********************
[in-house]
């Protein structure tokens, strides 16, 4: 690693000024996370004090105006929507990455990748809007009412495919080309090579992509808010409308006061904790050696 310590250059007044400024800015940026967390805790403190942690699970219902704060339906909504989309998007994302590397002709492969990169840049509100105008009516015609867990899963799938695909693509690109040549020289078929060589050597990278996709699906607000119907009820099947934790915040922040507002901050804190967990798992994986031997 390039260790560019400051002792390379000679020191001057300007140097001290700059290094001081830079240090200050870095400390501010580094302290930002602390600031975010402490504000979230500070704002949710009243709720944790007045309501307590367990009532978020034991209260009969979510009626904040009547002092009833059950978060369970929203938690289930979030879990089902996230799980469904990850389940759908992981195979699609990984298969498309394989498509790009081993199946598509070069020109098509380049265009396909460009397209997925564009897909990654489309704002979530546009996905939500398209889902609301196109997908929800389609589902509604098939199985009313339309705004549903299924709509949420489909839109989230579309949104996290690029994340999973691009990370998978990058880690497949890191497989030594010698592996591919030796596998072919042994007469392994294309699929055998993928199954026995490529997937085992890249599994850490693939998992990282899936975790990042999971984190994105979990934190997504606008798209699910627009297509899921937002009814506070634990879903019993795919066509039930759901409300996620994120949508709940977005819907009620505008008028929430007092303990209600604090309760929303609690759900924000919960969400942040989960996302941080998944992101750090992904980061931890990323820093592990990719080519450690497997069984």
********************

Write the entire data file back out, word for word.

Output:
[in-house]
């Protein structure tokens, strides 16, 4: 690693000024996370004090105006929507990455990748809007009412495919080309090579992509808010409308006061904790050696 310590250059007044400024800015940026967390805790403190942690699970219902704060339906909504989309998007994302590397002709492969990169840049509100105008009516015609867990899963799938695909693509690109040549020289078929060589050597990278996709699906607000119907009820099947934790915040922040507002901050804190967990798992994986031997 390039260790560019400051002792390379000679020191001057300007140097001290700059290094001081830079240090200050870095400390501010580094302290930002602390600031975010402490504000979230500070704002949710009243709720944790007045309501307590367990009532978020034991209260009969979510009626904040009547002092009833059950978060369970929203938690289930979030879990089902996230799980469904990850389940759908992981195979699609990984298969498309394989498509790009081993199946598509070069020109098509380049265009396909460009397209997925564009897909990654489309704002979530546009996905939500398209889902609301196109997908929800389609589902509604098939199985009313339309705004549903299924709509949420489909839109989230579309949104996290690029994340999973691009990370998978990058880690497949890191497989030594010698592996591919030796596998072919042994007469392994294309699929055998993928199954026995490529997937085992890249599994850490693939998992990282899936975790990042999971984190994105979990934190997504606008798209699910627009297509899921937002009814506070634990879903019993795919066509039930759901409300996620994120949508709940977005819907009620505008008028929430007092303990209600604090309760929303609690759900924000919960969400942040989960996302941080998944992101750090992904980061931890990323820093592990990719080519450690497997069984």